Words not  left unsaid on Mother’s Day

For some, it’s as easy as picking up the phone or driving across town. Saying thank you to Mom isn’t any big chore, as long as you remember to do it.

And since Mother’s Day is upon us, you better remember.

For others, it’s not so simple. For many, mom slipped away before words of gratitude and love could be properly expressed. Others still were estranged from their mothers and the old wounds never got a chance to heal.

We invited our readers to have their say on Mother’s Day, whether their sentiments are right on time or years overdue. Some wrote letters, a few simply told their tales to the world. The result was an emerging image of mothers across time – mothers who made sacrifices, who endured and who raised their families with the kind of patience, wisdom and love that only a mother possesses.

Lisa Chouinard of Lewiston

I miss you.

I miss painting your nails for you and I miss your laugh. We weren’t close until the end but I cherished that time.

My hand was on your chest as you took your last breath and I am so thankful I was there at that moment when you left this world and my life.

I’m going to be a grandmother again!

You visit me in my dreams and I know you are watching over me.

Each Mother’s Day I treasure my time with my children and grandchildren, but I take a moment to remember all that you sacrificed for me and the boys. I didn’t understand when I was young but I get it now.

Happy Mother’s Day in heaven. I love you.

Kimberly Money of Rumford

Dear Mom,

Do you know that I basically base every “adult” decision I make on what I think you would do? How I wash my dishes, how I talk to my kid about peer pressure and puberty, and the way I keep my calendar? I’ve messed up, I have. BADLY. And even though you weren’t here, my first thought to myself was “Mom would be so disappointed.” But then I got my s— together and I was better. I was better because even though you aren’t here, I use the lessons you taught me every day growing up. I stand up for myself. I stand up for the little guy. I stick to my guns even when it doesn’t make me popular. I know it’s better to be kind then righteous. I know that everyone’s story is different, so you shouldn’t judge what you don’t know. You taught me those things and so much more. And while I might not do it always exactly right, I know you would be proud of my effort, knowing I work every day to be my best. That’s all because of you.

Love, Kimmy

Margaret Proctor of Wilton

Dear Mama,

It’s hard to believe that 60 years have gone by since you died. I was angry that you left me – a young mother, fairly recently married, with a 6-month-old baby – to care for my 14-year-old and 11-year-old sisters. I felt they were your responsibility, not mine! I was angry that you refused to take care of your health and you joked about “dying on your feet and not in your bed.” I was too young myself to realize the seriousness of your illness, but I did promise to take of “the girls.” I tried, but they were rebellious (probably due to their own grief). However, all three of us grew into fine, strong women.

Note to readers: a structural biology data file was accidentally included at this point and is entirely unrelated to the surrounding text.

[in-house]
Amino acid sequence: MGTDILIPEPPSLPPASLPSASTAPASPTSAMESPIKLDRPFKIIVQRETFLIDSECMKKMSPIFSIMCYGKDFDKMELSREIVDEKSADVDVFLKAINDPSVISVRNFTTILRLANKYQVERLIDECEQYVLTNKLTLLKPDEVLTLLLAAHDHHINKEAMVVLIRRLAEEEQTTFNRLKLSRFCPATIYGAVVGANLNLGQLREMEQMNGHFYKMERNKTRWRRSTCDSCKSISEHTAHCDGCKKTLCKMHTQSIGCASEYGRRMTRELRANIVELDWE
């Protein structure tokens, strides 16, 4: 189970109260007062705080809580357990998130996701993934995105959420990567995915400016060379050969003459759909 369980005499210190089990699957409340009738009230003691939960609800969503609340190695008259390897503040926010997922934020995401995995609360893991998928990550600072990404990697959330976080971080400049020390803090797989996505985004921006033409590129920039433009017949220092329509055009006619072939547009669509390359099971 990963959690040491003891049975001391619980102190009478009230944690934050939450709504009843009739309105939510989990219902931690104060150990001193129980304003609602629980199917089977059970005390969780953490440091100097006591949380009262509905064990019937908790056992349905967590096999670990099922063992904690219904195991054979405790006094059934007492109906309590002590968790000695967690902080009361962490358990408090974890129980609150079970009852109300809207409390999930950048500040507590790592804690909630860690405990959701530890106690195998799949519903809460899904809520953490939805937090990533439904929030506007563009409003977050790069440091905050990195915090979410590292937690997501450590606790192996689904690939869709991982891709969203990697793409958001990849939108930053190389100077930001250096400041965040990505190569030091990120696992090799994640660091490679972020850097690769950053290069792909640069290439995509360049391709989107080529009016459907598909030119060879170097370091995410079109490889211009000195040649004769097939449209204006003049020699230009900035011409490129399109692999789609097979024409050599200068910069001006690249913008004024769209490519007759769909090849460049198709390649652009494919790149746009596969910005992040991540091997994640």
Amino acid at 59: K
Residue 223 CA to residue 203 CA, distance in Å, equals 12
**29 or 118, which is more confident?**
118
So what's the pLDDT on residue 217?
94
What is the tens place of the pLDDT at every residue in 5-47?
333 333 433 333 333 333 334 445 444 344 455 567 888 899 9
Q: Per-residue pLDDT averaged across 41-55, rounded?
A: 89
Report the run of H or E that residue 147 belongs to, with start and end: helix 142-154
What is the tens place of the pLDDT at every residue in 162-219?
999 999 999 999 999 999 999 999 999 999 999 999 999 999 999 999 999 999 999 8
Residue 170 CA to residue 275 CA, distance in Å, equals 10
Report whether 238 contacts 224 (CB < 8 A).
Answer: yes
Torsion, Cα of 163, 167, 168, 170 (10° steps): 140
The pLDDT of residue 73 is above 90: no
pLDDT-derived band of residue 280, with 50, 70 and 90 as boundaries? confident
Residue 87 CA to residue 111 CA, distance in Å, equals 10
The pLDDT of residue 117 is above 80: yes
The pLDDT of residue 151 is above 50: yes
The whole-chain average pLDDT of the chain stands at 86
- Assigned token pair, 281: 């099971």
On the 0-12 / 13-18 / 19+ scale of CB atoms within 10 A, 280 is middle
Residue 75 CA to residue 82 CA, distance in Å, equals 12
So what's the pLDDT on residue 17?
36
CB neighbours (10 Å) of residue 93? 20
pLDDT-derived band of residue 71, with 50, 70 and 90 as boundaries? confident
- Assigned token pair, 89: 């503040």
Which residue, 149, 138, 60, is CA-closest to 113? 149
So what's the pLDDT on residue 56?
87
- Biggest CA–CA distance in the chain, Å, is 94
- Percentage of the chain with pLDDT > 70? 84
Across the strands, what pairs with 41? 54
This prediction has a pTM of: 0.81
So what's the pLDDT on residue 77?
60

You missed so much of life, and your eight grandchildren missed your loving care and wisdom. You so enjoyed my first baby, but she was too young to remember you. And the others – my other daughter, Bunny’s son and daughter, and Marcia’s four daughters – never had a chance to know and love you. What a loss to all of them!

I apologize that I have never visited your grave, but I’ve always felt that you were not there, but living still in my heart and always with me. Thirty-one years after you died, God called me into ordained ministry. Was that part of your doing? You loved the church so much and did so much to follow your deep faith that I’m sure that you would be proud of me. My caring for “the girls” helped to make me more caring of others and has helped me in my ministry in so many ways.

I really couldn’t properly grieve your death because I had to be strong for my sisters. But one of the first papers I wrote in seminary was about how the death of a parent affects a young child. Although I was an adult when you died, the paper opened the floodgates and I sobbed for three hours after writing it!

Mama, you died much too young at 48. I know that you and Marcia had a grand reunion when she died two years ago at 69. I am now 84 and Bunny is 74 and we both remain very active, living life to the fullest, but trying to take care of ourselves physically and spiritually.

I love you, Mama, and I always will. I ask your forgiveness for my anger, yet I know that you forgave me long ago. Thank you for all you did, and continue to do, for me. You gave me life even when doctors wanted to end your pregnancy due to its difficulties, and you have contributed to what I am today. I can never thank you enough. I will always continue to thank God for you.

Love, Babe (your oldest daughter)

Mary Ellen Smith of Rumford

Dear Mom,

You carried the weight of the world on your shoulders the moment I was born. Mixed with love for your daughter (me) there was heartache for having a sick child. When Dad went on disability you became a full-time worker, a full-time mom, a full-time teacher to me because I was unable to attend public school, a full-time caretaker to your ill child.

There were more sleepless nights than most moms are used to that carried into my early teen years, but you never left my side. You spent weeks in the hospital sleeping on an uncomfortable bedside cot or reclining chair. You were my light in the darkness spiraling around me when it seemed nothing would ever get better. You were, and still are, my superwoman. You have dedicated your life to taking care of others for over 20 years, took care of me for all of my life, took care of Dad with his own medical issues, and yet never once have you complained.

You deserve the world, Mom, for your kindness transcends human capability. On this Mother’s Day and every one to follow, you deserve as much love and kindness as you have sent out into the world for decades, never expecting anything in return but love from your family. I hope, even for a moment, you realize how amazing you are and how much light you bring to the world and to everyone who has ever known you. If I am ever half the woman you are, I will feel like I have accomplished all there is to life.

I love you.

Your daughter, Mary

Monique Niva of Lewiston

Our mother is the embodiment of all that a mother should be, continues to be and was, as we were growing up.

She left our alcoholic father when she was pregnant with our twin sisters. Our family consisted of three girls and two boys at this time in her life.